News and Updates


Monday, July 02, 2018


Concerns based on Flawed Patchwork Patrol Policy by State Parks Agency

New Yorkers celebrating the Fourth of July week activities are being urged to be aware of their surroundings and note that some state parks and historic sites may be left without a law enforcement presence due to a flawed patchwork patrol policy being practiced by the state agency charged with managing more than 180 venues across the state. 

The warning comes from the PBA of New York State, the organization representing the police officers working at recreational facilities and heritage sites enjoyed by 71 million visitors last year.

Their concern stems from actions directed by the New York State Office of Parks, Recreation and Historic Preservation which assign modest numbers of Park Police officers to meet what is expected to be record crowds due to the ongoing heat wave and holiday week.

“Officers are being assigned to locations and venues for special events at Bear Mountain, Jones Beach and Niagara Falls while other local facilities may be left unpatrolled or require lengthy response times in the event of an emergency,” said Manuel Vilar, a member of the PBA of New York State’s Executive Board and Founding President as well as an active duty Sergeant for the past 34 years. “The simple fact is that the current staffing level is insufficient to combat the demands of the season.”

“The notion that law enforcement is able to serve as a visible deterrent is inconsistent with reality; more alarming is the fact that a 252-member park police force is expected to effectively cover 180 venues during the peak summer season,” Vilar continued. “It is unacceptable that both park patrons and officers are at risk.”

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Earlier this year, legislation (Senate 5267/Assembly 6968) sponsored by State Senator Rich Funke (R-Monroe County) and Assemblywoman Michaelle Solages (D-Nassau County) was identified as an organizational priority advanced by the PBA of New York State, the organization representing State Park Police Officers.

Senator Rich Funke said: "State Park Police risk their lives every day performing the same duties as New York State Police. There's no reason for them not to be on the same level playing field, especially when you consider how much safer our families will be by bringing the two entities together. Families and tourists look to our state parks and state lands as recreational outings. Public safety is our priority, and this legislation clearly demonstrates our commitment to protecting families, while supporting law enforcement. "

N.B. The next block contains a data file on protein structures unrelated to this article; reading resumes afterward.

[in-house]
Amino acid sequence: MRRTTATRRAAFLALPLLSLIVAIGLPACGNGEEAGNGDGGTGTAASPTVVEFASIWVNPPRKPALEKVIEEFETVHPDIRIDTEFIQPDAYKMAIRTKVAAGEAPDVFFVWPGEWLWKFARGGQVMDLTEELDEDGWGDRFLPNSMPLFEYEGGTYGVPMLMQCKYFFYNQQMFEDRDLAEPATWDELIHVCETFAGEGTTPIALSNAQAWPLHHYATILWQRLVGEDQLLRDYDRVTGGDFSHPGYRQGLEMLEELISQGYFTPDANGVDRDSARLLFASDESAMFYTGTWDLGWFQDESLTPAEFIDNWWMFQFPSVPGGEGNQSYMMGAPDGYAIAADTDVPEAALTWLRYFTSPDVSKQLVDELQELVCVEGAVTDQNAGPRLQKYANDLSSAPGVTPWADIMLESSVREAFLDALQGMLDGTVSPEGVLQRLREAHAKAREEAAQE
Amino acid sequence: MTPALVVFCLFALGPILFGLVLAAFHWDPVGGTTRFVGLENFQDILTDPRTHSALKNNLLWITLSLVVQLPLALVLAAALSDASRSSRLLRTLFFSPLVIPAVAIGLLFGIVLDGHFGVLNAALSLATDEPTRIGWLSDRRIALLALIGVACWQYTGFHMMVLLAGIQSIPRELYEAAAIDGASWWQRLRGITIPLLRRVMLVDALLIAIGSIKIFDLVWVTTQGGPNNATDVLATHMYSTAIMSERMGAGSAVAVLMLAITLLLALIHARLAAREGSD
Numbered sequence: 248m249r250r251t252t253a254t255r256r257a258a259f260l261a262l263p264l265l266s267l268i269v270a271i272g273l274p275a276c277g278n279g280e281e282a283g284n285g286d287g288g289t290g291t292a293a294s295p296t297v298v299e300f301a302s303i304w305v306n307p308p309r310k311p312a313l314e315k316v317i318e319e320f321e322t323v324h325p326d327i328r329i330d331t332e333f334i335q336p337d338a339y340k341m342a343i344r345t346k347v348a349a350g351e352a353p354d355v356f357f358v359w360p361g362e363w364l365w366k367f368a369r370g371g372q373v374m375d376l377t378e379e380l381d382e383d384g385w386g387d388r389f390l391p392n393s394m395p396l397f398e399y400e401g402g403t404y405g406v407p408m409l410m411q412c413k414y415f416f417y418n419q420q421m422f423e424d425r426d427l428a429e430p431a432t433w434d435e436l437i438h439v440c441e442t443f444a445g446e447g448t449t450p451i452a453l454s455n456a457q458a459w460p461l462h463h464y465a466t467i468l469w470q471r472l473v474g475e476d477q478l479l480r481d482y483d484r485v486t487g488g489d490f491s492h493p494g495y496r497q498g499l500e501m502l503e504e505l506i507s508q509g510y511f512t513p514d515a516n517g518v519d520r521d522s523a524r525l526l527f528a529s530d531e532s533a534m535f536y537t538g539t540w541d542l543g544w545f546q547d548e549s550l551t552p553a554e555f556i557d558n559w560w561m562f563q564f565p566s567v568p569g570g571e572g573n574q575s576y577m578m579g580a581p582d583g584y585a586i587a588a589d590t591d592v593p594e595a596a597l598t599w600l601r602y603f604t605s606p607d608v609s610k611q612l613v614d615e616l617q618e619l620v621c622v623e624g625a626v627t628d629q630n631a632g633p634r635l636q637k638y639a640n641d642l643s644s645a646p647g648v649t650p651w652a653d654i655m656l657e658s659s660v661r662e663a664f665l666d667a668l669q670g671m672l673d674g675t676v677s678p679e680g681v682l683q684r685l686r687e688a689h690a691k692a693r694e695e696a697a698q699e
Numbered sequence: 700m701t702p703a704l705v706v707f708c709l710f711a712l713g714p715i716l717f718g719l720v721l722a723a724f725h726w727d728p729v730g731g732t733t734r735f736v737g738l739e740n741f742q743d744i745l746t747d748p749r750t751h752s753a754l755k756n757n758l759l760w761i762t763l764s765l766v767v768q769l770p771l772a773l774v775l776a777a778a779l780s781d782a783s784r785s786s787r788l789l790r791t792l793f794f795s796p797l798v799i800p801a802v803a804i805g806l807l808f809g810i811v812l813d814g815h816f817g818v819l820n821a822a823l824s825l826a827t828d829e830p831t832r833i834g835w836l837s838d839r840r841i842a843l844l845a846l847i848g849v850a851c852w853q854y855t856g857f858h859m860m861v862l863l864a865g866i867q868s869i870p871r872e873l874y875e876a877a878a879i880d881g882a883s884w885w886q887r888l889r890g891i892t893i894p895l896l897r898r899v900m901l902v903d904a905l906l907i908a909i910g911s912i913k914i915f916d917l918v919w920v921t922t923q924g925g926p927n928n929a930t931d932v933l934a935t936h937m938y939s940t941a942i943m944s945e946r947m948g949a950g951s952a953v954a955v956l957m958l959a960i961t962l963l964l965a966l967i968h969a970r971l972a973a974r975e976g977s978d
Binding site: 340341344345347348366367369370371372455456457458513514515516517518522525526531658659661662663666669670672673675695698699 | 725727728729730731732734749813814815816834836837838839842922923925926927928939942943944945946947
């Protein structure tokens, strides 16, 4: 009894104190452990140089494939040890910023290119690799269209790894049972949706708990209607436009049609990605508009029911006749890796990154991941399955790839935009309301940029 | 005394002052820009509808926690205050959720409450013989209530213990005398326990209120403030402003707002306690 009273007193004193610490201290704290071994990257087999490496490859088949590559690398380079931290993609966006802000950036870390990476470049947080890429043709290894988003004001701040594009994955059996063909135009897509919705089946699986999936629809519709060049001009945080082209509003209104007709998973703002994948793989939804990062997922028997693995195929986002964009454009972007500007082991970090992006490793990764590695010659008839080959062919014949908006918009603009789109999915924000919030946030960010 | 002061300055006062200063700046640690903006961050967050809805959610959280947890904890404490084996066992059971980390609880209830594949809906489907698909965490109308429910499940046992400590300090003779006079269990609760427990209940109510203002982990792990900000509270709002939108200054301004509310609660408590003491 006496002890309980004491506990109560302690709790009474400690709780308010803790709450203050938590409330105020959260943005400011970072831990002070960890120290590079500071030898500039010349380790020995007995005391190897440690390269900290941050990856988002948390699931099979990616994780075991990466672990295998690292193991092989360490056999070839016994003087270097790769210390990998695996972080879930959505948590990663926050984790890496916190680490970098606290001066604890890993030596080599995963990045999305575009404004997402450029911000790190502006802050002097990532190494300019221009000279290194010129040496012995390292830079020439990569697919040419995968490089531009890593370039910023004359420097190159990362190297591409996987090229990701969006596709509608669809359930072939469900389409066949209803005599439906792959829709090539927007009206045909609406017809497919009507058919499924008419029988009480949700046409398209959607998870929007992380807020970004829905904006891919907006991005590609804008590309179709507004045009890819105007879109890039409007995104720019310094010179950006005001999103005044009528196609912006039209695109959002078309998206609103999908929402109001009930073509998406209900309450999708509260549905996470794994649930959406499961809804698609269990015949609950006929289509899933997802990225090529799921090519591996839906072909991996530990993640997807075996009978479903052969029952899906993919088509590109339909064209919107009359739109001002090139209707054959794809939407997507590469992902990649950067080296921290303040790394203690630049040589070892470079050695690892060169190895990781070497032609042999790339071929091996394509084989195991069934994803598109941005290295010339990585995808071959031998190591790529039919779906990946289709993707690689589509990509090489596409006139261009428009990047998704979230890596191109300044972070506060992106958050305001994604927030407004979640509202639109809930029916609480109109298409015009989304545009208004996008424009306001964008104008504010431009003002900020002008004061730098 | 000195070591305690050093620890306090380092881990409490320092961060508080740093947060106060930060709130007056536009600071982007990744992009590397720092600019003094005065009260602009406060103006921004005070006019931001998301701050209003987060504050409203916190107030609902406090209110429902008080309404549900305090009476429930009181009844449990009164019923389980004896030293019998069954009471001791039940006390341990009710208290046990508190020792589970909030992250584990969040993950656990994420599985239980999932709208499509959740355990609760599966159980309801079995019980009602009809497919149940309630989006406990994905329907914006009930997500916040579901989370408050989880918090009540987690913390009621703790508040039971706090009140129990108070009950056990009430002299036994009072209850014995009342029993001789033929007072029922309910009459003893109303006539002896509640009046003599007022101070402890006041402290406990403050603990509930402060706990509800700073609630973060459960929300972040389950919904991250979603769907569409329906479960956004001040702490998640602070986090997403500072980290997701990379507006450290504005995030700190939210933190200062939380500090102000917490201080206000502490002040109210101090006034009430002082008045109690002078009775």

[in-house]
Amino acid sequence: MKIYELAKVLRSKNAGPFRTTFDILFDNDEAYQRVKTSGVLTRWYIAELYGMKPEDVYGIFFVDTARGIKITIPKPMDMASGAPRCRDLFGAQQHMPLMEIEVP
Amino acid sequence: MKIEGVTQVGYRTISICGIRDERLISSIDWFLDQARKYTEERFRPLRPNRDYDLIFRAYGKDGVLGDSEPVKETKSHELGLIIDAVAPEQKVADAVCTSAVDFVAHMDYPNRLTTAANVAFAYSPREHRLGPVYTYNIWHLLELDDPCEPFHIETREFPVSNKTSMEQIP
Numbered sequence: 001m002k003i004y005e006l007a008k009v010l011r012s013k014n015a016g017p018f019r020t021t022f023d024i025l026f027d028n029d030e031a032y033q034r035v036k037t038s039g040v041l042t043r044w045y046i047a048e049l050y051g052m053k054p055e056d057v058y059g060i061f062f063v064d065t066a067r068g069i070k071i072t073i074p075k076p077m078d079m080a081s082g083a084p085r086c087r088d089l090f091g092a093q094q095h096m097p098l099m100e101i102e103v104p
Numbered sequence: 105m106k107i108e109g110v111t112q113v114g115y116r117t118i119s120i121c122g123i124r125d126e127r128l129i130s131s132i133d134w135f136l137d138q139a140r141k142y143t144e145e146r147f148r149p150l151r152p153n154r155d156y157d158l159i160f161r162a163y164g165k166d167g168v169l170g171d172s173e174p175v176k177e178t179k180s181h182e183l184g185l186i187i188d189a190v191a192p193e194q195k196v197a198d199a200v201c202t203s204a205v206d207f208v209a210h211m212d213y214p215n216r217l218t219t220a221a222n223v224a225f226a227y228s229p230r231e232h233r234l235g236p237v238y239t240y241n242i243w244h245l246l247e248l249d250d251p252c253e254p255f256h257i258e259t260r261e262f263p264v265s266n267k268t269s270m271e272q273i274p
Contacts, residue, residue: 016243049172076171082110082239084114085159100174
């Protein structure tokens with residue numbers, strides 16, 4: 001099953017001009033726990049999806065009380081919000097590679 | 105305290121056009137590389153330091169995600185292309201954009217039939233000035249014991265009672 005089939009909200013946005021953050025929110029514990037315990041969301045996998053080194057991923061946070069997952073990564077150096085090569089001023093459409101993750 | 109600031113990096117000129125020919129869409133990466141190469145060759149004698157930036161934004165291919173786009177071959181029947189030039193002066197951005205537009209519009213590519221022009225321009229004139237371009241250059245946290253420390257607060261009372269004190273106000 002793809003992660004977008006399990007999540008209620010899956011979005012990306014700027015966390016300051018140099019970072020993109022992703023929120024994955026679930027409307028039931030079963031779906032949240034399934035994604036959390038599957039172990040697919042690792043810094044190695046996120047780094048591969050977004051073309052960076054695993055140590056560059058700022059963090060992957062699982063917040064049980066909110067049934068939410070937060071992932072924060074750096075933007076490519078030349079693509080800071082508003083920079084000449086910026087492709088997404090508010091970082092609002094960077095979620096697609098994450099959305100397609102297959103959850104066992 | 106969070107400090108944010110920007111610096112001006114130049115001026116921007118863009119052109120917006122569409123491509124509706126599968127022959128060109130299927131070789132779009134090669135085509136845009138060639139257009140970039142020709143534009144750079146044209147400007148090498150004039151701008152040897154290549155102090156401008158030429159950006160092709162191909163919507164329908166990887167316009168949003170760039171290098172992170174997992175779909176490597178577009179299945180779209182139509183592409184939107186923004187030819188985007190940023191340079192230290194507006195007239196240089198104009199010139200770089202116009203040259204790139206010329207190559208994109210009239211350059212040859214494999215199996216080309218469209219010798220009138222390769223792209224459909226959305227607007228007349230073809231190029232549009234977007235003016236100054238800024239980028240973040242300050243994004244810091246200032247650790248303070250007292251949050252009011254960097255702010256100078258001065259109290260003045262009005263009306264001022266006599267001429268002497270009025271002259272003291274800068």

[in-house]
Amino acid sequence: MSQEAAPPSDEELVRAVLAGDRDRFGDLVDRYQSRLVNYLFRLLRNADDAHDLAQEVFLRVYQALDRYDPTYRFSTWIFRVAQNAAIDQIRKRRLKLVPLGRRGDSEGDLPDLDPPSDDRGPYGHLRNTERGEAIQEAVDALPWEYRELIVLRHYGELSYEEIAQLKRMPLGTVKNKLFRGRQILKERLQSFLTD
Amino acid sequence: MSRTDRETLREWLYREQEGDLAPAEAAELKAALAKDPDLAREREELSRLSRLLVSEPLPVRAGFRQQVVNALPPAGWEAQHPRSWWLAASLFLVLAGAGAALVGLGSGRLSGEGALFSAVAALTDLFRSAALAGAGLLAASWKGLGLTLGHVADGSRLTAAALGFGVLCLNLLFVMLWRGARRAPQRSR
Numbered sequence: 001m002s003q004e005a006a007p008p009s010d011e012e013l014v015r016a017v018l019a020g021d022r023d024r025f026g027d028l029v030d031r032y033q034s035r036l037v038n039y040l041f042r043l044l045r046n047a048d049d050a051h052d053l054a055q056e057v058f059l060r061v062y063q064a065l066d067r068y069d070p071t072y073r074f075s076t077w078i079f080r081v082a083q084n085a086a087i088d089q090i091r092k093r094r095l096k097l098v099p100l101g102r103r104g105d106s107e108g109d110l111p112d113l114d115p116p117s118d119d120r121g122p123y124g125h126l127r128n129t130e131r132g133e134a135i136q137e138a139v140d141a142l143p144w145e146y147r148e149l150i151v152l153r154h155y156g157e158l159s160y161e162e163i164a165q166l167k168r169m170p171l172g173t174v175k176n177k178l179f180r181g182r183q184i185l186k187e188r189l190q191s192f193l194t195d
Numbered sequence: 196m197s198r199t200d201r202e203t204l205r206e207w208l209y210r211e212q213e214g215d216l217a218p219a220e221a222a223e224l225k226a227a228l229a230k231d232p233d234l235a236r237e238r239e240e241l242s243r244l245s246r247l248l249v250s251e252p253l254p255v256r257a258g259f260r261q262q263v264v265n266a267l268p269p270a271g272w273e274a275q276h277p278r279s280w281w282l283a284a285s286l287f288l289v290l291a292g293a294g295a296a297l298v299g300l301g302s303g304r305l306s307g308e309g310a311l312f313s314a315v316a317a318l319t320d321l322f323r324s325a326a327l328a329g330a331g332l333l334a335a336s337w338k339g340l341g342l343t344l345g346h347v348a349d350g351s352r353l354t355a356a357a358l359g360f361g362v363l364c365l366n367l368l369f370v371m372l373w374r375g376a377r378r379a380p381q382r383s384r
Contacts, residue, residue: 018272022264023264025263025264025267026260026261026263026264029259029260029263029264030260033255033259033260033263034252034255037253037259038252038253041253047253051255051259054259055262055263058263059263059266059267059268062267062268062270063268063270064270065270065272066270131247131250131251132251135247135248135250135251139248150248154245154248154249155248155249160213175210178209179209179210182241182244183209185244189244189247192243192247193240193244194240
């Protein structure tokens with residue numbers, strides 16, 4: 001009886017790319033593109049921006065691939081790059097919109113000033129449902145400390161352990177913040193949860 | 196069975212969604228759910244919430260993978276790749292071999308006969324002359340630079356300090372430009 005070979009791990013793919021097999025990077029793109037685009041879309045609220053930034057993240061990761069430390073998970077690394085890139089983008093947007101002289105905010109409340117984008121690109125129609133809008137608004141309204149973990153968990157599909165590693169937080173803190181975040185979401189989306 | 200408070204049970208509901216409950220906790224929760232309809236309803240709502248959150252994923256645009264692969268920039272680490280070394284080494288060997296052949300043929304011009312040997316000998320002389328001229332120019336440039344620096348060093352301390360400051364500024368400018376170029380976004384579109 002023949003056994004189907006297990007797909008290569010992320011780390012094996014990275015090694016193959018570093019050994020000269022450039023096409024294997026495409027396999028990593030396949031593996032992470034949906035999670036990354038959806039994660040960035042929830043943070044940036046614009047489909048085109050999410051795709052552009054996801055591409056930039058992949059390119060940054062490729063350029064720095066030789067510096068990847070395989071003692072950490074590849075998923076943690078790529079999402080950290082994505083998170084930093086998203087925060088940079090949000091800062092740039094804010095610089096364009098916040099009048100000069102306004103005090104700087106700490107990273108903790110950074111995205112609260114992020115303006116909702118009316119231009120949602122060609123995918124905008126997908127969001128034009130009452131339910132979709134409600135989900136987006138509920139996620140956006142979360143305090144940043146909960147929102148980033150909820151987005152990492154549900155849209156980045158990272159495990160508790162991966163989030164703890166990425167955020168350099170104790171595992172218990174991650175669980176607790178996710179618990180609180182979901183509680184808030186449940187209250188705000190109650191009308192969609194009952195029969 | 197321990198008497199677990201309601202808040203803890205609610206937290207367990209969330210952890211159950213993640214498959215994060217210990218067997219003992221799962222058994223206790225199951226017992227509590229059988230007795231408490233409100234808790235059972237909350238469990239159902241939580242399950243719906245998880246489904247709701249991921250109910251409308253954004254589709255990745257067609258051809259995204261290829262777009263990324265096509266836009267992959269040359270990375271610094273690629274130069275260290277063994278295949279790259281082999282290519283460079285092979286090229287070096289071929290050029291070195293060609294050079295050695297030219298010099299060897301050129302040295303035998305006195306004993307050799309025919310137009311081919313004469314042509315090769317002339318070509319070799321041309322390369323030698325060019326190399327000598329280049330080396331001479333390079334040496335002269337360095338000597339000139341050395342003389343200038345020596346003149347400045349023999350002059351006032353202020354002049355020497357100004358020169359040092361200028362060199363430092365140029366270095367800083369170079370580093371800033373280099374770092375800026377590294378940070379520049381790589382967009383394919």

Assemblywoman Michaelle Solages said: "As we enter the summer season, we should recognize the brave men and women of the State Park Police who patrol our parks and beaches. These highly trained, experienced police professionals strive to create a safe and welcoming environment in all of our State Parks. Despite their benefits, the State Park Police Force is not provided with all the necessary tools and attrition rate is very high. I encourage all my governmental colleagues to support and enact this important legislation. As millions of New York families and tourists visit our State Parks each year, we must ensure that we provide efficient public safety measures."

According to Vilar, the idea is not new, and dates back to Governor Hugh Carey’s administration in 1980 when the Parkway Police were partially merged into the State Police and again in 1998 when a directive issued by Governor George Pataki for the State Police to assume oversight responsibility for the New York State Park Police. That action came about stemming from long-standing deficiencies in State Park Police operations. Today’s State Park Police struggle to maintain staffing levels and are devastated by an unsustainable rate of attrition. The New York State Department of Civil Service recommends a Park Police strength to number 387.

Vilar, who is assigned to Long Island frequently supervises police officers in every regional park including the six-mile-long Jones Beach waterfront, said: “This is a common sense recommendation, and in 2018 it is just as valid under Governor Cuomo’s leadership as it was twenty years ago when proposed by Governor Pataki.”

The idea of the merger was further contemplated in 2003 when a joint agency review presented two options: 1) A merger of the Park Police into the New York State Police; or 2) Create an Autonomous State Park Police Entity.

The sponsor’s memo of support states the bill will result in enhanced public safety and cost savings by better utilization of the workforce and reduced costs for the academy and training for both forces. Additionally, the merger will address the high rate of attrition faced by the State Park Police while eliminating duplication of services and equipment. It will also reduce overtime costs incurred by the State Park Police as a stand-alone unit.

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The PBA of New York State represents the interest and well-being of New York State University (SUNY) Police, Park Police and Environmental Conservation Police; as well as its Forest Rangers. Its members protect state universities and colleges; parks and historic sites; and they enforce state laws and protect our lands, forests and resources.